As we approach St. Patrick’s Day, thoughts turn to leprechauns and shamrock shakes and the optional theme for this week of the 52 Ancestors in 52 Weeks challenge – Luck of the Irish! Everyone is a little bit Irish for St. Paddy’s Day, but with a name like McGlynn, I always thought I was a lot a bit Irish. The McGlynn’s I knew about came from England, but I had always expected there’d be Irish back there somewhere.
My McGlynn side is a twisted branch of the tree. I hope to explore some of these twists in the weeks and months to come, but suffice it to say for now that there is a McGlynn side and this side has roots in Ireland. Maurice McGlynn is my 3rd great grandfather on my father’s side. I first found the name in the record of marriage for his son, my 2nd great grandfather, and later confirmed it by a second marriage record.
Maurice McGlynn was born in Limerick, Ireland about 1827. His mother was Alice Dillon, per the 1871 UK census. I am unsure at this point if Dillon was Alice’s maiden name or a married name. Patrick MacGlinn is Maurice’s father per his certificate of marriage, and I hope to find some evidence of his birth and or baptism at some future point.
In 1847, 20 year old Maurice is found in the London, England, Workhouse Admission and Discharge Records. He was admitted to the infirmary 22 April, 1847. His record entry states he is Irish, and place of residence was 19 Orchard Place. There is no indication of the circumstances of his admission to the infirmary.
He was admitted a second time to the workhouse on 11 March 1856. His age is given as 30, condition is listed as unable to walk and he was admitted to Murray’s Medical Ward. His address had been at 37 Cato Street. This was in the Marylebone district. He was discharged on 29 April 1856.
In 1860, Maurice married Mary Maloney at the Spanish Place Chapel, in Marylebone.
One of the gnarls in this branch is my 2nd great grandfather, Thomas McGlynn. He was born about 1857. While it was certainly not unheard of for a child to have been born out of wedlock and the parents later married, it does raise a question. Was Maurice truly Thomas’ father or did Thomas take his name after they married? Similarly, perhaps there is an unfound marriage prior to this one, and was Mary actually Thomas’ mother? Thomas’ birth record would be useful in answering this- if only I could find it!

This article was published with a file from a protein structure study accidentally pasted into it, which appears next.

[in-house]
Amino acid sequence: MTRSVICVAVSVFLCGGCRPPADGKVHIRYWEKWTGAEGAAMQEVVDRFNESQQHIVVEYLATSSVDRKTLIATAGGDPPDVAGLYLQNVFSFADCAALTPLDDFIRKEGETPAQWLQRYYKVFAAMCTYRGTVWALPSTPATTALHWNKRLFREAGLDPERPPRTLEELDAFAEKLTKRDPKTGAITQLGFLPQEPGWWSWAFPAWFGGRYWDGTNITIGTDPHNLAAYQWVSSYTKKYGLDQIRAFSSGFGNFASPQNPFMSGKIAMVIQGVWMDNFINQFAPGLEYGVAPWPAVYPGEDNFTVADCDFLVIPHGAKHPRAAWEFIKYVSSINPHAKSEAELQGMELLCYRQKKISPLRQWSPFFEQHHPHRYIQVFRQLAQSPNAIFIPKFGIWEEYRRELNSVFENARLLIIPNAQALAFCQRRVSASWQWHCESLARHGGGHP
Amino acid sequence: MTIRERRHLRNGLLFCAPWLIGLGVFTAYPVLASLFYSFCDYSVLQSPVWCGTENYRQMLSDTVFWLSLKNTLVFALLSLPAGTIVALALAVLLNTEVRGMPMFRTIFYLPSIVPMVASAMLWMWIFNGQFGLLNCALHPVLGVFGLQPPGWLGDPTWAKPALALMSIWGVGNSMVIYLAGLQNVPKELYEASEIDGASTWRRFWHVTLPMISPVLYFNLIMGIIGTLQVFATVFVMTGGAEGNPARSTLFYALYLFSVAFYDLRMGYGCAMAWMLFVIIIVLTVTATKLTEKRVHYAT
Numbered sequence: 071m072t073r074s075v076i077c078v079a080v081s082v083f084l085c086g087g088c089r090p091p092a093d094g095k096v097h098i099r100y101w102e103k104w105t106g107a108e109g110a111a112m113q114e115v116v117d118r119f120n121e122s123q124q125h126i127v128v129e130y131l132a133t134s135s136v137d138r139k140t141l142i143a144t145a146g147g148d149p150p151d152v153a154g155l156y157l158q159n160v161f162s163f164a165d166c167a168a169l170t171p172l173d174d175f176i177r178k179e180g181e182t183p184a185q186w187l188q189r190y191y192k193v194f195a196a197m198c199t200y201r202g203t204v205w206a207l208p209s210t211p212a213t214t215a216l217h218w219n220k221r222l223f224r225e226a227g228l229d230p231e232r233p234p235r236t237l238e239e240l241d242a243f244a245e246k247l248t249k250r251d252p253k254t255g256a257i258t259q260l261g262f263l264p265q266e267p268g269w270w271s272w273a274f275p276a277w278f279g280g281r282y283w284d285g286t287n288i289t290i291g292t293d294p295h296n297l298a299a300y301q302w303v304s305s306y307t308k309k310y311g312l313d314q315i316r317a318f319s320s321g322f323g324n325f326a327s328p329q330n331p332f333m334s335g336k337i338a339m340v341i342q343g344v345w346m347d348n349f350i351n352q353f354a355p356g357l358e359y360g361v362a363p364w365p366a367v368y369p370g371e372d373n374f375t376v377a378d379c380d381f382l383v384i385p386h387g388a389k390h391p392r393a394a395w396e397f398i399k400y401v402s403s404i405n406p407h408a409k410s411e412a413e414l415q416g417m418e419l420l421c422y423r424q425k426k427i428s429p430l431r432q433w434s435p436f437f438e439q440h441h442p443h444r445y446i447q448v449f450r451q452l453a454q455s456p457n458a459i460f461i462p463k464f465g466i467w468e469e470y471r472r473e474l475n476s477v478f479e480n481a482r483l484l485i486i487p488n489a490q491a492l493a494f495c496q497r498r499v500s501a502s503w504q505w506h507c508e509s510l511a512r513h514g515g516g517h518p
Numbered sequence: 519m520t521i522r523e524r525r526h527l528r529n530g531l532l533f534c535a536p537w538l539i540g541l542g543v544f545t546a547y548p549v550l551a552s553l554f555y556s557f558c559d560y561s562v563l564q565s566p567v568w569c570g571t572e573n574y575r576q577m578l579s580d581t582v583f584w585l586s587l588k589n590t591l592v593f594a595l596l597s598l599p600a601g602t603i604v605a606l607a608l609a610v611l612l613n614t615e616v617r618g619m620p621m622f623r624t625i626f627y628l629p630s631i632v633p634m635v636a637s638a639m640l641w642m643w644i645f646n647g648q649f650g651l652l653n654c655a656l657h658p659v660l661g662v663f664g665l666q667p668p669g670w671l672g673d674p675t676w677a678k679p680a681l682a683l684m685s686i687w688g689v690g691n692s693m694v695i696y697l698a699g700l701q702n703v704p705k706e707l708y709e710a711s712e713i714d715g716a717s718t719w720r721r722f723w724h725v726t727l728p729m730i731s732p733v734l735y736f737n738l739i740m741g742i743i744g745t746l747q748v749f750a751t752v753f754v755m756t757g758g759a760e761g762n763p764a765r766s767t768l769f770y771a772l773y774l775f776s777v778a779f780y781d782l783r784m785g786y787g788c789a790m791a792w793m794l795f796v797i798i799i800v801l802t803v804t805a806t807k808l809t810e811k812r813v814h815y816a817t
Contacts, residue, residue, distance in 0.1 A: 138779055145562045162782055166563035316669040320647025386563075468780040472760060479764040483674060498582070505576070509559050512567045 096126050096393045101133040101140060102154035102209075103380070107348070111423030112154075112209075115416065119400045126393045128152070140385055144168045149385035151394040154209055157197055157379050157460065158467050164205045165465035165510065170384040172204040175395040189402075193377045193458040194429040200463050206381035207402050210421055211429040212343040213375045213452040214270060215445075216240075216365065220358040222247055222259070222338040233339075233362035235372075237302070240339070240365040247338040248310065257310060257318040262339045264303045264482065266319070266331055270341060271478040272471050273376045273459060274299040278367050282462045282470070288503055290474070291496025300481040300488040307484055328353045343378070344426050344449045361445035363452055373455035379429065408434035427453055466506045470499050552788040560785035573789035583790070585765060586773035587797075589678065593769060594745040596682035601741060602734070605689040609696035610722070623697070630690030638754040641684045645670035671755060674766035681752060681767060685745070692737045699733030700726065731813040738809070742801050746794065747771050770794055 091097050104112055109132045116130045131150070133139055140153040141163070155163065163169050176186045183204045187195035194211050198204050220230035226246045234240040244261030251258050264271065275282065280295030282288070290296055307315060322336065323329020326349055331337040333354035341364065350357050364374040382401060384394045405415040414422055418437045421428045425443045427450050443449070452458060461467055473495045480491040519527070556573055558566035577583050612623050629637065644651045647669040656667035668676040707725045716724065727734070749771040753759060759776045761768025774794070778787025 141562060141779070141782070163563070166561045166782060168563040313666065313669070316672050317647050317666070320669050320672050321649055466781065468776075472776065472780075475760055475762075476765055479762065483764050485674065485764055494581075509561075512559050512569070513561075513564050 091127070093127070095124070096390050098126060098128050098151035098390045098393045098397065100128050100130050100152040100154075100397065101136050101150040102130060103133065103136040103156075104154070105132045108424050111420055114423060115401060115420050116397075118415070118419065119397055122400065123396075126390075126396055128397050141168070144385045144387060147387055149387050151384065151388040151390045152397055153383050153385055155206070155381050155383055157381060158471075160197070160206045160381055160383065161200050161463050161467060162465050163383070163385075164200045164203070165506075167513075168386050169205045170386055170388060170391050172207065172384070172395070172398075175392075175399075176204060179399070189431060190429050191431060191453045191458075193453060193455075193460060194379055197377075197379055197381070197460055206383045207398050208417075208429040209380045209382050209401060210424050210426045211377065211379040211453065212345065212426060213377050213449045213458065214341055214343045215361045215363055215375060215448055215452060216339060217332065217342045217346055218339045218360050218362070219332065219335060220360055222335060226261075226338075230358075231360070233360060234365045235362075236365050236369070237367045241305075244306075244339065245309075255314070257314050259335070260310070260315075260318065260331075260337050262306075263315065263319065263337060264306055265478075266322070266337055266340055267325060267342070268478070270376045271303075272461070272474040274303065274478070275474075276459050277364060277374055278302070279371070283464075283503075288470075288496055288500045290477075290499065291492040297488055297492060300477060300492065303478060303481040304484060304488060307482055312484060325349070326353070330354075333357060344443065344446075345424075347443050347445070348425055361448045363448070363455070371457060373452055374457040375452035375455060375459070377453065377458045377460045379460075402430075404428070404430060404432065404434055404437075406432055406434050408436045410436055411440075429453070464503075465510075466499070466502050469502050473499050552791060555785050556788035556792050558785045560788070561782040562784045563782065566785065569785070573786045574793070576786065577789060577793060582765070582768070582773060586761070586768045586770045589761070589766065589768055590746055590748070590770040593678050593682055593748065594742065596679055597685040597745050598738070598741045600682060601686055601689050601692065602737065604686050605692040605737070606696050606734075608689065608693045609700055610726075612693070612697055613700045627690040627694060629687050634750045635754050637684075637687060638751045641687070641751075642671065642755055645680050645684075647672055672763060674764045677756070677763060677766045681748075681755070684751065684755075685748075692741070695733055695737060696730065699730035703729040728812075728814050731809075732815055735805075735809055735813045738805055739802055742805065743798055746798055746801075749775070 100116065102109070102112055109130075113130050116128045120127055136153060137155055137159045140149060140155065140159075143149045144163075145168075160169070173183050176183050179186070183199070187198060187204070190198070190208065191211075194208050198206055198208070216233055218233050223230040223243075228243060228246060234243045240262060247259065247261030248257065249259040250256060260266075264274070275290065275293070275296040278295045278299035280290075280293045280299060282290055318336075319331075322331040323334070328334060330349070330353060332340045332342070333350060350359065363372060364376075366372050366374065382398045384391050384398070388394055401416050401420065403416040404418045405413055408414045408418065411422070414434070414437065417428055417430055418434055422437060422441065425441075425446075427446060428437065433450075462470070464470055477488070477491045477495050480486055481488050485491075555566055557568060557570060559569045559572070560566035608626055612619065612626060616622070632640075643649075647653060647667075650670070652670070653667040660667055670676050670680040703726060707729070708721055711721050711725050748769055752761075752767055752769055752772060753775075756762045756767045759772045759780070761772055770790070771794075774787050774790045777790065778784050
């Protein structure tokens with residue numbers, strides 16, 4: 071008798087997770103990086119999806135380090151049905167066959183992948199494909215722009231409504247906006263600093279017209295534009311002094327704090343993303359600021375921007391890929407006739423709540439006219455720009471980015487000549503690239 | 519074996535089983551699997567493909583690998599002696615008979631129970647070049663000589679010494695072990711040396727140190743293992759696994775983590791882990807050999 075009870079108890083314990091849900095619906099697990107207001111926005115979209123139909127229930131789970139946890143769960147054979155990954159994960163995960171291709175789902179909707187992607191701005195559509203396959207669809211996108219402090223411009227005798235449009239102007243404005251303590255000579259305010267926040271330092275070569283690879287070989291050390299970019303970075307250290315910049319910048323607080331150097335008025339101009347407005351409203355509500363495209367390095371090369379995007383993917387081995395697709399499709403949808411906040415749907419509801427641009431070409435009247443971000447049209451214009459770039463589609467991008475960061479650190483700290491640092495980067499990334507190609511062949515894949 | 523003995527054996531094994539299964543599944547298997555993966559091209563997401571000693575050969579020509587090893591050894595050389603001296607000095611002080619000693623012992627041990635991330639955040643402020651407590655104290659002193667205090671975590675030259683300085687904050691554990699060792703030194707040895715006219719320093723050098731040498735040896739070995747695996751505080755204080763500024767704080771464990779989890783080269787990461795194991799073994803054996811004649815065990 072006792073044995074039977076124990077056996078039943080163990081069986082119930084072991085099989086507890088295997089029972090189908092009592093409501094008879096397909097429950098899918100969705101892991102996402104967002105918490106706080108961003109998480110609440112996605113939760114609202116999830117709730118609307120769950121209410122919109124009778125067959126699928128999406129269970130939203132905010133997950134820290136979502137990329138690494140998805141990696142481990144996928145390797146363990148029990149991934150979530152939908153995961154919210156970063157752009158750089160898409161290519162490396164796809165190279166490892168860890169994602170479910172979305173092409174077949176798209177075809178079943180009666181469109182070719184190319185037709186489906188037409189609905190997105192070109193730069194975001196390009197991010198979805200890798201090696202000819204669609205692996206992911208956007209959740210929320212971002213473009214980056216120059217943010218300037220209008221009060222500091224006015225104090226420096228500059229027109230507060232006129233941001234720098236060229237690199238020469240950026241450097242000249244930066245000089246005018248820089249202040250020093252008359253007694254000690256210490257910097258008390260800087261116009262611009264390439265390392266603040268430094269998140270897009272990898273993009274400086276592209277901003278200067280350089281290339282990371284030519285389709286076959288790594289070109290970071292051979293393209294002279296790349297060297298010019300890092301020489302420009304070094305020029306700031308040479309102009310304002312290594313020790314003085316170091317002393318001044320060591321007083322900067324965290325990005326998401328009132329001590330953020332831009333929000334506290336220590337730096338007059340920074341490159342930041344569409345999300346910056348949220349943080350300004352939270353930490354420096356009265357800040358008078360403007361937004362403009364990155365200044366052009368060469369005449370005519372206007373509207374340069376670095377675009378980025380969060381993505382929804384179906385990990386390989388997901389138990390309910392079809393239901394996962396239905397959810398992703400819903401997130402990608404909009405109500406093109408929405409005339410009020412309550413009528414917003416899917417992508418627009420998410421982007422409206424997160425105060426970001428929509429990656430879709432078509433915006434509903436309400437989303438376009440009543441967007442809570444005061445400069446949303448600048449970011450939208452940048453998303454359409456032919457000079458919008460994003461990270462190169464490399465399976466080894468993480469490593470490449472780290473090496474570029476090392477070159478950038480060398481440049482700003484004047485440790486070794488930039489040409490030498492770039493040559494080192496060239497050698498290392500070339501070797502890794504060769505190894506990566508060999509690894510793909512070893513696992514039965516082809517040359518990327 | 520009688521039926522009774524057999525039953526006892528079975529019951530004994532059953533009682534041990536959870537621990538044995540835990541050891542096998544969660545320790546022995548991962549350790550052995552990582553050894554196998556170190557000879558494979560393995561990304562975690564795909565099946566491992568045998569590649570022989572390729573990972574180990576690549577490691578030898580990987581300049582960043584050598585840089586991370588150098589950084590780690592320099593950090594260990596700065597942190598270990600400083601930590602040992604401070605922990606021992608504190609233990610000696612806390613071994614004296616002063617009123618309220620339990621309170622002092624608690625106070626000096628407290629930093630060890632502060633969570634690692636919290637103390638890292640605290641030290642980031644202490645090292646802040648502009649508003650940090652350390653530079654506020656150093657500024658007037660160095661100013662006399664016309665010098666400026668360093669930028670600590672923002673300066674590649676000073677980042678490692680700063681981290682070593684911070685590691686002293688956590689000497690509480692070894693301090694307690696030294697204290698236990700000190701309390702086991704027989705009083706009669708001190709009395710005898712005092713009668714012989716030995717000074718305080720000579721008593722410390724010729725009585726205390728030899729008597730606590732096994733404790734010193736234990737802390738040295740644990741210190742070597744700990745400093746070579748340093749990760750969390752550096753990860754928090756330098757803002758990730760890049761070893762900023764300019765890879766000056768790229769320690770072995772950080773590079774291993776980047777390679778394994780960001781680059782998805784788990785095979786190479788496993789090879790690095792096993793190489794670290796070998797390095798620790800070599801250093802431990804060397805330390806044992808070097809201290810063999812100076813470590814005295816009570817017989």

Maurice, Mary, Thomas and Mary’s mother Eliza Maroney are enumerated in the 1861 census. The last name he was enumerated with was Machlin (say it out loud- imagine an accent- phonetic spellings are a common finding in records). He, Mary and Eliza are listed as born in Ireland; son Thomas, aged 4 years, was born in Marylebone, England.
Maurice is found with his family again in 1871. In this census, Maurice McGlynn (indexed as McGlyne) was head of household with wife Mary, widowed mother Alice Dillon, and children Thomas, James and Maurice. As in 1861, many of his neighbors are Irish, and like Maurice, specifically from Limerick, and have had children born in Marylebone.
It is likely that Maurice was a widower at the time of his death. A possible entry for his wife is found in the 1879 death register. Maurice died 11 February 1880 in the Marylebone workhouse due to bronchitis. On the workhouse register, it appears he entered, probably to the infirmary, in November of 1879. The informant is not a spouse, further suggesting he was widowed.
It is interesting, and a little frustrating, that the only records that I have found for my Irish ancestry were created in England. However, the search still goes on to find more of my Irish kin!
Erin Go Bragh!